aquifer, or with an isolated main groundwater aquifer of low thickness, no groundwater isolines are
displayed. Those areas are shown with black dots.
The map is based on the topographical General Map of Berlin, scale of 1:50,000, in grid format, and the
geological outline for the Berlin state territory, at a scale of 1:50,000 (2007), which was derived from the
geological General Map of Berlin and Surrounding Areas, scale of 1:100,000. In addition, the appropriate
support points (groundwater measurement points and surface-water levels) as well as the individual
waterworks are indicated, with their active wells and water conservation areas.
Differing regulations exist in the Johannisthal water conservation area established on January 18, 2013.
The respective areas are shown on the map Water Conservation District Johannisthal (Preliminary Order).
Hydrogeological Situation
On the plateaus, the main aquifer is extensively covered by the glacial till and bolder clay (aquitards) of the
ground moraines. Wherever the piezometric surface of the main aquifer lies within such an aquitard,
groundwater conditions are confined. In sandy segments above the till, the periodic formation of perched
groundwater is possible, which can, after extreme precipitation, rise to the surface. The groundwater levels
of these locally highly differentiated areas have not been separately ascertained and portrayed. Within the
till, sandy islands may become filled with groundwater, or so-called stratum water (see also Fig. 3).
In the Panke Valley, on the northern side of the spillway, the Barnim Plateau, a major independent
coherent aquifer has developed. It is located above the main aquifer, which is covered by the glacial till of
the ground moraine (see also Figs. 7 & 8). On the present map, this aquifer is indicated by separate blue
groundwater isolines. A spur of the glacial till toward the Warsaw-Berlin Glacial Spillway creates an
interlock of the Panke Valley Aquifer with the Main Aquifer there.
For more information, see the Groundwater Brochure:
http://www.stadtentwicklung.berlin.de/umwelt/wasser/wasserrecht/grundwasserbroschuere.html (only in
Current Situation in May 2014
As a rule, the groundwater incline in Berlin, and hence, too, the flow direction, is from the Barnim and
Teltow Plateaus and the Nauen Plate toward the receiving bodies, the Spree and Havel Rivers.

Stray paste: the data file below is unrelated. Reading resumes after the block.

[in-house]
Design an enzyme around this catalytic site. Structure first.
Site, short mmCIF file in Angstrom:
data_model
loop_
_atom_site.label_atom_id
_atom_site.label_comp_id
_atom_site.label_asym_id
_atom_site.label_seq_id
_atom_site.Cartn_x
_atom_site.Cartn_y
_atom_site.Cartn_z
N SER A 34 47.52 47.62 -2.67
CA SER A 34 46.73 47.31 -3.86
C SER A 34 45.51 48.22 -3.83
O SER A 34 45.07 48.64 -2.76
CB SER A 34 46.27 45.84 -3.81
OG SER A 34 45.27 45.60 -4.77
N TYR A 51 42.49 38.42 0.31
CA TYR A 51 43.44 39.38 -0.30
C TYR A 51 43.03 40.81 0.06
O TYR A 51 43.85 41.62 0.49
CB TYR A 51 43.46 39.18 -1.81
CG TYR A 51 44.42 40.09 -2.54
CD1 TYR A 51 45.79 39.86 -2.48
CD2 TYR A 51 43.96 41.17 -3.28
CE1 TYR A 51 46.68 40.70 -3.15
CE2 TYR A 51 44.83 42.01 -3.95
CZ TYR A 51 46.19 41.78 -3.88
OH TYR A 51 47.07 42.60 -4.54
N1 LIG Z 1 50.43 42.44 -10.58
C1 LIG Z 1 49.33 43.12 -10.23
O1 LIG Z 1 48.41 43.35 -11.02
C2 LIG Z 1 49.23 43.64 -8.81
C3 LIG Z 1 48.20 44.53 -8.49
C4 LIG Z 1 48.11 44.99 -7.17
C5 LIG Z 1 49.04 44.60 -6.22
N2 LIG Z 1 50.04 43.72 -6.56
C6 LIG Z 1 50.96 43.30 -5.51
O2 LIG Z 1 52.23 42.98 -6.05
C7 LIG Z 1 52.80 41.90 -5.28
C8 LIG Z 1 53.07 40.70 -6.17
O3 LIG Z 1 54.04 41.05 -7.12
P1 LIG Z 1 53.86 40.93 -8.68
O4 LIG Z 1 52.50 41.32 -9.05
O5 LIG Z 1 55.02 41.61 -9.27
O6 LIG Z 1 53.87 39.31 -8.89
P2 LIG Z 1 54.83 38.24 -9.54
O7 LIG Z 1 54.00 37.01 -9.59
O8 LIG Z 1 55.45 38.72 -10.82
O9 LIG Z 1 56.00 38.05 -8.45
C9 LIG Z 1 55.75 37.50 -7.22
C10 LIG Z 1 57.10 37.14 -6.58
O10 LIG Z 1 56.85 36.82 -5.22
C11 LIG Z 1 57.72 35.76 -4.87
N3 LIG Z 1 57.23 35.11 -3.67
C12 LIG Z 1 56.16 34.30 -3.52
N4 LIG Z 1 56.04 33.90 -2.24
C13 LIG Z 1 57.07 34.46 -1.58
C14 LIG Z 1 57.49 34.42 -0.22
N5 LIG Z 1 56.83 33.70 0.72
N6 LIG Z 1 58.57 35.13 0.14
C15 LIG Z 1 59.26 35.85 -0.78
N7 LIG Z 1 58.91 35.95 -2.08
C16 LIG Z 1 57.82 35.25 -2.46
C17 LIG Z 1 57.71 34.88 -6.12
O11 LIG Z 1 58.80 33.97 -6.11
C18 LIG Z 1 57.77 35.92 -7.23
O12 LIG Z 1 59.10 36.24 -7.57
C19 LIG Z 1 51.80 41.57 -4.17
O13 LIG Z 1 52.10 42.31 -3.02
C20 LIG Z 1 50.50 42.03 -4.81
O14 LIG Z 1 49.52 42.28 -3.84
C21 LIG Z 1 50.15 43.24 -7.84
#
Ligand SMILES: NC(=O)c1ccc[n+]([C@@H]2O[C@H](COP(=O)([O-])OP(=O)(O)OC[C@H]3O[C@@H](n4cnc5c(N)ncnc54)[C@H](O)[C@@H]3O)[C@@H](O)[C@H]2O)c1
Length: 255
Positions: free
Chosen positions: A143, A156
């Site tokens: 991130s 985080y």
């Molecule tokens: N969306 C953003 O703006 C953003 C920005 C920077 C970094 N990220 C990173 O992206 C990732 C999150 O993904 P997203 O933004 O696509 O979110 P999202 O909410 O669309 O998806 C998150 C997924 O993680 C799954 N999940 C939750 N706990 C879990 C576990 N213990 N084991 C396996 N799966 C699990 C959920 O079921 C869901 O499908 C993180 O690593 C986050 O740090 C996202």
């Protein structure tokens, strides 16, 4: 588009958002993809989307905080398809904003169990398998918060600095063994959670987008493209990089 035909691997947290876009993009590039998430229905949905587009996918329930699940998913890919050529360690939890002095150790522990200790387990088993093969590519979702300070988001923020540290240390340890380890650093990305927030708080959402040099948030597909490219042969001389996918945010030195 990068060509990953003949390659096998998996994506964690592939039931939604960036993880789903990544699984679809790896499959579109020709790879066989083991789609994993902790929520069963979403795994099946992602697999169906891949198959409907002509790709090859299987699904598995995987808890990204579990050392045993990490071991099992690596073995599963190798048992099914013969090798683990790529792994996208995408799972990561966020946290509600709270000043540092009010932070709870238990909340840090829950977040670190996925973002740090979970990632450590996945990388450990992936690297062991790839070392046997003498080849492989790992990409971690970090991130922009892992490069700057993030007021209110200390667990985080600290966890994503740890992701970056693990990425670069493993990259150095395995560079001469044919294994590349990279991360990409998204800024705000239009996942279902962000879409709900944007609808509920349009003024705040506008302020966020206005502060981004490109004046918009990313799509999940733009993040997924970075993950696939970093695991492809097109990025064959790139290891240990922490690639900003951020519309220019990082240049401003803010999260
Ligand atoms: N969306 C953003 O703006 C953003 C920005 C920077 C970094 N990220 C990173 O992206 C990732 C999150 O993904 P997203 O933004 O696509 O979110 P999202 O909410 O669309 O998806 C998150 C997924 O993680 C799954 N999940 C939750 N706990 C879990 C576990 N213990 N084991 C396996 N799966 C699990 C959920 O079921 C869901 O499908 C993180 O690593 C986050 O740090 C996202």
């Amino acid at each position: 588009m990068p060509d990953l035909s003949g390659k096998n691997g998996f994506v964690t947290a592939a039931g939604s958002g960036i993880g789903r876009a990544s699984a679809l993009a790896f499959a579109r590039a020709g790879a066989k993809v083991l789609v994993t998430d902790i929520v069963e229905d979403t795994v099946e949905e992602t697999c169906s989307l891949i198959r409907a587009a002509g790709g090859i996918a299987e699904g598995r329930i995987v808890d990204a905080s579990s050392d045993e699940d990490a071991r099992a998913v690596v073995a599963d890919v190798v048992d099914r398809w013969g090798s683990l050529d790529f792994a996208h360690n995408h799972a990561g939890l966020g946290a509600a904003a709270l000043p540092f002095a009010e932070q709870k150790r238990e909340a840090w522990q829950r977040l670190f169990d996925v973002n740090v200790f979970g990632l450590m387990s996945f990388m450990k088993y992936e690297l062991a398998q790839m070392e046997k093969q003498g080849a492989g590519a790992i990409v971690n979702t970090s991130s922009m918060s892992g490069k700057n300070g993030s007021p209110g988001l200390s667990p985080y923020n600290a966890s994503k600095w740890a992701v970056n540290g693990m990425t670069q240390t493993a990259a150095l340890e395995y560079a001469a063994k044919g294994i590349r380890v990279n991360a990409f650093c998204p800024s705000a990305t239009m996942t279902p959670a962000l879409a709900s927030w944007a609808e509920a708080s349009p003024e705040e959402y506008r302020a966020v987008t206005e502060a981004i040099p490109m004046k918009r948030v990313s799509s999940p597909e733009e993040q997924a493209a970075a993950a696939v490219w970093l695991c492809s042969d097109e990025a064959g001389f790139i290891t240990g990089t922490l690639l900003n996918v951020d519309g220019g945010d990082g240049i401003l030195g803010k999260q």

Depression cones have formed around the wells at those waterworks in operation during the measurement
period, and have sunk the phreatic surface below the level of the neighbouring surface waters. Thus, in
addition to inflowing groundwater from the shore side, the water pumped here also includes groundwater
formed by infiltration (bank-filtered water) from these surface waters (see also Fig. 4c).
In May 2014, too, the potentiometric surface, which has been lowered in Berlin by drinking-water discharge
over the past hundred years, was at a relatively high level compared to 1989 (LIMBERG et al. 2007: pp. 76
ff.). Areas of groundwater rise for this period of time in the glacial spillway of more than half a meter and of
more than one meter are shown on the map (Fig. 10).
Fig. 10: Groundwater Rise in the Glacial Spillway between 1989 and 2012
The reduced raw-water discharge by the Berlin Water Utility since 1989 as a result of the decreased need
for drinking and industrial water is responsible for the constant rise of the groundwater level. Moreover, five
of the smaller Berlin waterworks (Altglienicke, Friedrichsfelde, Köpenick, Riemeisterfenn and Buch) were
shut down altogether between 1991 and 1997. In addition, drinking water production at the two waterworks
Johannisthal and Jungfernheide has been discontinued temporarily since September 2001; at the latter,
the same has been true for artificial groundwater recharging. However, under the immediate water
management measures of the Senate Department for Urban Development and the Environment,
groundwater is still being discharged at the Johannisthal location, so as not to endanger current local
waste disposal and construction measures. Likewise at the Jungfernheide location, groundwater was
discharged by the Department through the end of 2005. Since January 2006, a private company has
performed the groundwater management here.
The Water Conservation Districts of the Buch, Jungfernheide and Altglienicke waterworks were abolished
in April 2009.
The overall discharge of raw water by the Berlin Water Utility for public water supply dropped by almost
half (47%) in Berlin over a period of 25 years. In 1989, 378 million cu.m. were discharged, as opposed to